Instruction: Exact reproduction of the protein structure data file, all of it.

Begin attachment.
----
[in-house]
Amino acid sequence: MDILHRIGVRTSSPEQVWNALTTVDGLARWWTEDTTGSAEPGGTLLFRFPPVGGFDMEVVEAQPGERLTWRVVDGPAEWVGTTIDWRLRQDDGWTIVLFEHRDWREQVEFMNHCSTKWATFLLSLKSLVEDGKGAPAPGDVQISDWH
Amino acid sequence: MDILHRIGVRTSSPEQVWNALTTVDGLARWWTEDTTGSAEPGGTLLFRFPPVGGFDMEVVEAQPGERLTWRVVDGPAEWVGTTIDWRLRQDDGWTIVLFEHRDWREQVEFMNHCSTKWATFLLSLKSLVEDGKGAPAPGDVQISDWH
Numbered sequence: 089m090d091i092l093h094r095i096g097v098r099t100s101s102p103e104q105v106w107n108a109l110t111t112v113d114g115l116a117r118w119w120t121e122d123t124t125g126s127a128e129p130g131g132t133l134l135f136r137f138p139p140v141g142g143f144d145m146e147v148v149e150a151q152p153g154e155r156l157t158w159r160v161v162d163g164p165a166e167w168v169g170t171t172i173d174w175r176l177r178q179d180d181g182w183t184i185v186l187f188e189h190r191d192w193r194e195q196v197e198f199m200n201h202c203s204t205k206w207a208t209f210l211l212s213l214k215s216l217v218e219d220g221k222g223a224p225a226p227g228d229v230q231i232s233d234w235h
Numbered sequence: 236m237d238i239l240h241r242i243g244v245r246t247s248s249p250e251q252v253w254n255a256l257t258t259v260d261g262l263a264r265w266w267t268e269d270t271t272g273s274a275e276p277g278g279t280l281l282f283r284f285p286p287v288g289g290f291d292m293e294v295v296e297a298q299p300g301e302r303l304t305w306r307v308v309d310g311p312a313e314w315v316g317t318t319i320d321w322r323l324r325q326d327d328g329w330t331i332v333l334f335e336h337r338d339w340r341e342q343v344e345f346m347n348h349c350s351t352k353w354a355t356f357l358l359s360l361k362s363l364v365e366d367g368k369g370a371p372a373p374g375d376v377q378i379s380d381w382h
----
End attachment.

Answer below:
[in-house]
Amino acid sequence: MDILHRIGVRTSSPEQVWNALTTVDGLARWWTEDTTGSAEPGGTLLFRFPPVGGFDMEVVEAQPGERLTWRVVDGPAEWVGTTIDWRLRQDDGWTIVLFEHRDWREQVEFMNHCSTKWATFLLSLKSLVEDGKGAPAPGDVQISDWH
Amino acid sequence: MDILHRIGVRTSSPEQVWNALTTVDGLARWWTEDTTGSAEPGGTLLFRFPPVGGFDMEVVEAQPGERLTWRVVDGPAEWVGTTIDWRLRQDDGWTIVLFEHRDWREQVEFMNHCSTKWATFLLSLKSLVEDGKGAPAPGDVQISDWH
Numbered sequence: 089m090d091i092l093h094r095i096g097v098r099t100s101s102p103e104q105v106w107n108a109l110t111t112v113d114g115l116a117r118w119w120t121e122d123t124t125g126s127a128e129p130g131g132t133l134l135f136r137f138p139p140v141g142g143f144d145m146e147v148v149e150a151q152p153g154e155r156l157t158w159r160v161v162d163g164p165a166e167w168v169g170t171t172i173d174w175r176l177r178q179d180d181g182w183t184i185v186l187f188e189h190r191d192w193r194e195q196v197e198f199m200n201h202c203s204t205k206w207a208t209f210l211l212s213l214k215s216l217v218e219d220g221k222g223a224p225a226p227g228d229v230q231i232s233d234w235h
Numbered sequence: 236m237d238i239l240h241r242i243g244v245r246t247s248s249p250e251q252v253w254n255a256l257t258t259v260d261g262l263a264r265w266w267t268e269d270t271t272g273s274a275e276p277g278g279t280l281l282f283r284f285p286p287v288g289g290f291d292m293e294v295v296e297a298q299p300g301e302r303l304t305w306r307v308v309d310g311p312a313e314w315v316g317t318t319i320d321w322r323l324r325q326d327d328g329w330t331i332v333l334f335e336h337r338d339w340r341e342q343v344e345f346m347n348h349c350s351t352k353w354a355t356f357l358l359s360l361k362s363l364v365e366d367g368k369g370a371p372a373p374g375d376v377q378i379s380d381w382h